The ground was scorching hot, the air oppressive and still firefighter John Gilkey and his K-9 partner, Piper, spent almost two weeks in Maui helping with search efforts after wildfires ravaged the area.
“The average ground temperature in the afternoon was upwards of 170 degrees,” Montgomery County Fire and Rescue Service (MCFRS) Captain and Maryland Task Force 1 Leader Jason Light said at an Aug. 30 press conference after Gilkey and other MCFRS firefighters returned from Hawaii.
Gilkey’s job was to help Piper search for human remains. The 5-year-old black Labrador is trained to sniff out people who are alive, and she is also trained as a cadaver dog, Gilkey said. The ground in Maui was so hot that Piper had to wear booties for the first time while she worked.
“[The wildfires] heated everything up. It was even tough walking in the grass. The only place really to escape the heat was in our vehicle,” Gilkey, 58, of Carlisle, Pennsylvania, said. “For the firefighters working in that, it was pretty rough.”
Gilkey was one of 73 MCFRS firefighters sent to Hawaii with Maryland Task Force 1, one of FEMA’s 28 Urban Search and Rescue (US&R) teams around the country, according to Light.
A communications specialist, John Freeburger was deployed on Aug. 11. Two K-9 teams, Alan Rossi with his dog, Phirst, and Gilkey with Piper were deployed on Aug. 13, and 70 personnel were deployed on Aug. 16, Light said during the press conference.
They were sent, along with teams from around the country, to aid in recovery efforts after the Maui wildfires that burned for weeks in August. The fires claimed the lives of at least 115 people, with 66 people remaining unaccounted for.
Gilkey and Piper have worked together since 2017, and Gilkey praises his four-legged friend for her keen abilities.
“Piper has found things underwater. She’s found things from car accidents. She’s found things from building fires. She’s found things from building explosions,” Gilkey said adding that the scent she was looking for in Maui was different due to the size and intensity of the fires. “We were almost looking for cremated bodies.”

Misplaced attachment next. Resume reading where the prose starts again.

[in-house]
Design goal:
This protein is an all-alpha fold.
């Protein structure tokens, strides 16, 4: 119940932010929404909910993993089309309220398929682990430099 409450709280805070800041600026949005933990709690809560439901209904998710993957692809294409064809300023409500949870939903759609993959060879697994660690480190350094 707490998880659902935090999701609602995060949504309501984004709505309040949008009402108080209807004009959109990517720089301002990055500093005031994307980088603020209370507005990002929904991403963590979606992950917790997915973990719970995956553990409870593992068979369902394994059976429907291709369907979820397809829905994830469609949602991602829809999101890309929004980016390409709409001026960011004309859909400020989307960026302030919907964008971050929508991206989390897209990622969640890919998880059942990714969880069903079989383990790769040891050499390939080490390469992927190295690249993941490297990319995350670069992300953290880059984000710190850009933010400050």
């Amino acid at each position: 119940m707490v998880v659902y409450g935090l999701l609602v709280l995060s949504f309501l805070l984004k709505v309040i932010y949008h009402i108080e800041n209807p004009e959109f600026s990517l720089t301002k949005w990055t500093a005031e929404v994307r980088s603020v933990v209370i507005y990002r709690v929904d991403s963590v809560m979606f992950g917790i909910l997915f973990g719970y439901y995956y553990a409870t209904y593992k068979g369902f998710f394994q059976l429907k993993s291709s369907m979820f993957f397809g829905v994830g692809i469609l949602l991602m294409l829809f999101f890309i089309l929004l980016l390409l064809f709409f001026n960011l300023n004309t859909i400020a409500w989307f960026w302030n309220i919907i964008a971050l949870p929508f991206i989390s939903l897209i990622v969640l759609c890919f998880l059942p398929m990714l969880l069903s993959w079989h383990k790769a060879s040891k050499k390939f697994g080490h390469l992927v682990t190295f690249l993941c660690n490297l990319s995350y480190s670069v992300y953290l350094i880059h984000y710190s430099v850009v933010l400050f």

Here’s how the process works: The first dog is sent in to search an assigned area and when that dog smells something, they bark and alert the firefighters. A second dog is then sent in and if they bark in the same spot the first one did, then the handlers know they have found something, Gilkey said.
Then, Gilkey and Piper leave to search another area. Their job is just to locate remains, not recover them, which Gilkey appreciates.
“That, in essence, kind of shields me from seeing a lot of the things that a regular firefighter or the rescuer sees after I leave,” Gilkey said.
Even though he did not see some of the traumatizing sights that other firefighters may have seen, he said that just being there was difficult for all of them.
“Just being sent to a disaster takes a mental toll on you,” Gilkey said.
Gilkey said the US&R Team is so dedicated, especially in situations like this, because it is comprised of MCFRS firefighters who voluntarily applied for the job.
The job requires them to just drop everything and leave their homes and families for weeks at a time with little notice since disasters could happen at any moment.
“Whether we’re going to a hurricane or whether we’re going to a wildfire or whether we’re going to the Pentagon [like on 9/11], the guys on the team have stepped up and taken on that extra responsibility,” Gilkey said. “It’s something that you’ve got to be proud of.”
At the Aug. 30 press conference, Montgomery County Chief Administrative Officer Rich Madaleno expressed his gratitude for the personnel who went to Maui and pledged to support them and their families in any way he could.
“We certainly appreciate the sacrifice they made by going,” Madeleno said. “I think it speaks to the generosity of our community.”
Gilkey has been working for MCFRS as a K-9 firefighter and member of Maryland Task Force 1 for 20 years. Gilkey said he has been sent to many disasters during his career, including the 2017 wildfires in Oregon and Hurricane Ian in Florida in 2022.
Piper is the fourth K-9 Gilkey has worked with in his career. He started in Pennsylvania where he worked with two dogs before coming to Montgomery County.
Gilkey and Piper have bonded doing activities outside of their jobs. According to a baseball card with her face on it, that Gilkey says he gives to kids, Piper likes loves to play fetch, swim and hike when she’s off-duty.
Gilkey said that while Piper’s primary job while she is on-site is to perform search operations, her unofficial second job is providing comfort to those around her in a difficult time.
“When we’re in between jobs, she’s schmoozing with the firemen, and she’s allowing them to pet her,” Gilkey said.
But at the end of the day, she is Gilkey’s companion.
“She helps me too,” Gilkey said. “So that doesn’t go unnoticed with me.”